One of my clients recently was at a networking event, where she was accused by a man of ‘just playing at business’ and another of my colleagues was recently told by a man that he was ‘surprised her business had lasted as long as it had’.

Wow, a punch in the gut there.

Both these women run really successful businesses, they both make more money than me and they are both well established in their field as creative risk takers.

What jerks!

Plus if the first guy isn’t having fun, enjoying and playing in his business, then I think he is doing something wrong!

So what does it mean to work like a woman?

Well, we know that we’re not on a level playing field.

We know we are paid less than men for the same job.

We know that overall men are earning more money than women. Despite us leaving university with better grades.

We know that there are less female CEOs and even less women of colour in these top positions.

We know that jobs that women are more likely to do such as caring are valued less by society.

But what got me reading this book by Mary Portas is that when men do a job it is instantly valued higher.

Women did coding when it was first introduced. It was seen as an admin role and attached to our duties. But when to dot.com boom happened in the 80’s men realised there was money to be made in coding, pushed women out and gave themselves enormous pay rises. When men were doing the role it became instantly more valuable.

And we're better at coding than men - we make less mistakes!

Mary pointed out that Fashion earns tons more cash for the UK than football.

But if we looked at The TV and read the broadsheets and newspapers we would think that football was worth a lot more. There are literally no fashion programmes or fashion section at the end of the papers. Despite this industry being worth more.

Because guess what, it’s seen as a woman’s things and men rule the media that we consume!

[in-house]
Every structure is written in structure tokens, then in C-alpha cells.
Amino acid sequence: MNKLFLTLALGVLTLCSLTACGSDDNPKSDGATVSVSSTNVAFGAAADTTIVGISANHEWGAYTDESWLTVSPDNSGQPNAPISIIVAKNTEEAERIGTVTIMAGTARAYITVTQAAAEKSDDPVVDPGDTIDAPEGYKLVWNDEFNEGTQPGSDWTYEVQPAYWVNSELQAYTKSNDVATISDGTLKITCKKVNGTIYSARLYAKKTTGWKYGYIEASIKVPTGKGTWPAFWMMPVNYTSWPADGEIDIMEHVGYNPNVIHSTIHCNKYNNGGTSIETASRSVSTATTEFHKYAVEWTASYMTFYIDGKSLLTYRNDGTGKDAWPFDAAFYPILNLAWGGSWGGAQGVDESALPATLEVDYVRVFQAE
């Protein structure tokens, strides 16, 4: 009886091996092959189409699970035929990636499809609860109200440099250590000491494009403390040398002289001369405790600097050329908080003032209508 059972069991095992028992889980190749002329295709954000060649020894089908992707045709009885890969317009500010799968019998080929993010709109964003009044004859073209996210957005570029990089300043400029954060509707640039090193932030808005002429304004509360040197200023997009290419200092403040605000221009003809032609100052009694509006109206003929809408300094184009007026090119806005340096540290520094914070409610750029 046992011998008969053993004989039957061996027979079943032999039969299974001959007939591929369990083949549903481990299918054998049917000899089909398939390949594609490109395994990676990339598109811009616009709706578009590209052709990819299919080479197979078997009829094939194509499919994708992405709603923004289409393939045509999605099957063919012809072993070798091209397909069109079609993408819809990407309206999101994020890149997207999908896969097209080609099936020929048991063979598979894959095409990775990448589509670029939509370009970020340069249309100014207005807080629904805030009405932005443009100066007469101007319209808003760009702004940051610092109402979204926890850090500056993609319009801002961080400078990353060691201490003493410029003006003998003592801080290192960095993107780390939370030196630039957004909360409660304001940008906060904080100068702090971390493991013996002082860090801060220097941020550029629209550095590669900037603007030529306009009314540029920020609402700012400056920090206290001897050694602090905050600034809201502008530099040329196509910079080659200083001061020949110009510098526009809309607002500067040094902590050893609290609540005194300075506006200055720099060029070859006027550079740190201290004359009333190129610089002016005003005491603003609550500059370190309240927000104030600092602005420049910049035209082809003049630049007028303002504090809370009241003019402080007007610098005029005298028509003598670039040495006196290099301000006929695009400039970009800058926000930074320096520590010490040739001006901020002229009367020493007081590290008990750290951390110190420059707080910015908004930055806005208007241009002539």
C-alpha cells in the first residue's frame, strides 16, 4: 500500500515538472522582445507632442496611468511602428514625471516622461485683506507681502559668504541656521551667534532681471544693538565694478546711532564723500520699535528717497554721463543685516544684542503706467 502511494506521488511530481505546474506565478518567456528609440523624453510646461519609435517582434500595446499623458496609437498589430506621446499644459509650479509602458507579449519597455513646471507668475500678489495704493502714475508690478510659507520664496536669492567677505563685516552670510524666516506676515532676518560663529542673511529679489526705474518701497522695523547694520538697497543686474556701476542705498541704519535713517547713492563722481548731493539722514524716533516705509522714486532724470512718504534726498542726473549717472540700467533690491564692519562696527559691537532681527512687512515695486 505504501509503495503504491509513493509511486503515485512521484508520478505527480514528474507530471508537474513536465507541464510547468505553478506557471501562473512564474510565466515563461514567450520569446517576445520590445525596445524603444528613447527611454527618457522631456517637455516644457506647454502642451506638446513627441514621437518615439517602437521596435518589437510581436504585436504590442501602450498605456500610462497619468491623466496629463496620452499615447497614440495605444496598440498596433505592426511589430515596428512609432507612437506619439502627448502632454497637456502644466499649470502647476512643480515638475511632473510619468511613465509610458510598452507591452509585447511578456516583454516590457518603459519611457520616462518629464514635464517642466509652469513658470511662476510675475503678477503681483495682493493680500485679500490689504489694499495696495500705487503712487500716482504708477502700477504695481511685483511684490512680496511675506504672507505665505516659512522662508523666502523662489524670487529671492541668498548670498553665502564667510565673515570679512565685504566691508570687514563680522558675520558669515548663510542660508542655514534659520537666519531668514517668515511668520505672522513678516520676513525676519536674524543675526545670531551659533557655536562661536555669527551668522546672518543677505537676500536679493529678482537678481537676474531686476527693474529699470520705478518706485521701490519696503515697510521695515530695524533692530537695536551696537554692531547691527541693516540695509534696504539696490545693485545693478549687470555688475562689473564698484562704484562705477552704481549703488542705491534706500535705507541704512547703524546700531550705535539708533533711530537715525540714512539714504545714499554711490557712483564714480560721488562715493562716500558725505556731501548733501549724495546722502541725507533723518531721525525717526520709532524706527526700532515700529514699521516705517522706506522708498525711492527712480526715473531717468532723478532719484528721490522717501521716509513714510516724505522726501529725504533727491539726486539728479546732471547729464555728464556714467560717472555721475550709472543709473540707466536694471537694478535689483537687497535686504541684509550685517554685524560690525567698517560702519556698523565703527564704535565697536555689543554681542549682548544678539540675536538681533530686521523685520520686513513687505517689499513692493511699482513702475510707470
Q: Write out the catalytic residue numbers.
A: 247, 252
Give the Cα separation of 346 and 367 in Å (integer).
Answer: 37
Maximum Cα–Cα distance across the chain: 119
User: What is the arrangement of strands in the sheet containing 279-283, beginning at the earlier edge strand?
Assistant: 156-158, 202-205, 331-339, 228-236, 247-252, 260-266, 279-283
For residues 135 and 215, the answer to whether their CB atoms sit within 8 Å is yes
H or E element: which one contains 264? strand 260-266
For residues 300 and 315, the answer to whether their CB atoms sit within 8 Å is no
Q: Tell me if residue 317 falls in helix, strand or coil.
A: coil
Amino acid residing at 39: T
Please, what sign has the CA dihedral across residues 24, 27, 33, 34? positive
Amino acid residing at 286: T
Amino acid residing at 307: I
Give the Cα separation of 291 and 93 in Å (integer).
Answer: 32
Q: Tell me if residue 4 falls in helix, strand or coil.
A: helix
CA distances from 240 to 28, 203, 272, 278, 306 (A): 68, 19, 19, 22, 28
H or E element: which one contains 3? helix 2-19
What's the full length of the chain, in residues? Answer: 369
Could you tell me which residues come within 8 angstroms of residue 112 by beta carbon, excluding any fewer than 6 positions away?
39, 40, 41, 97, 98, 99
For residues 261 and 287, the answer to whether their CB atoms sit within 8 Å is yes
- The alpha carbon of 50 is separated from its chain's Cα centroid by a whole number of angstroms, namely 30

I learnt that France, Norway, Germany, Spain, Slovenia and Chile all pay more of their GDP towards childcare that Britain to support women back into work.

Ahh!

So what’s to be done?

Well Mary talks about bringing the feminine back into the workplace.

Men and women suffer with the current system. A system that rewards behaviour seen on The Apprentice is the search for profit, rather than collaboration and co-operation.

If more businesses were value led, and perhaps even if we asked ourselves more often ‘is this kind?’. We might get a different response.

We also need to feel more empowered to ask questions.

How much does my colleague earn? And can I have a pay rise?

Women who work part time need to stop being overlooked and women losing their jobs on maternity leave needs to stop.

And we need to call out bad behaviour when we see it.

I used to work for a national charity and the man I worked with asked me in front of another male colleague if I liked doing it doggy style and when I refused to answer he asked me if I was frigid.

Now I know the other guy would feel mortified if I reminded him of this now. But he did nothing.

Don’t worry I didn’t stay quiet for long. I threw a stapler at his head a few months later I was so frustrated by him and then quit my job.

What gets me is that even when we are entrepreneurs and freelancers, women still charge less than men.

So ask for more darling, put your prices up, reclaim the word entrepreneur and wear it with pride. And the next time a man puts you down in a networking group, laugh in his face and tell him he’s doing life all wrong.


Don’t apologise for being emotional, bring your whole self to work and work like a woman!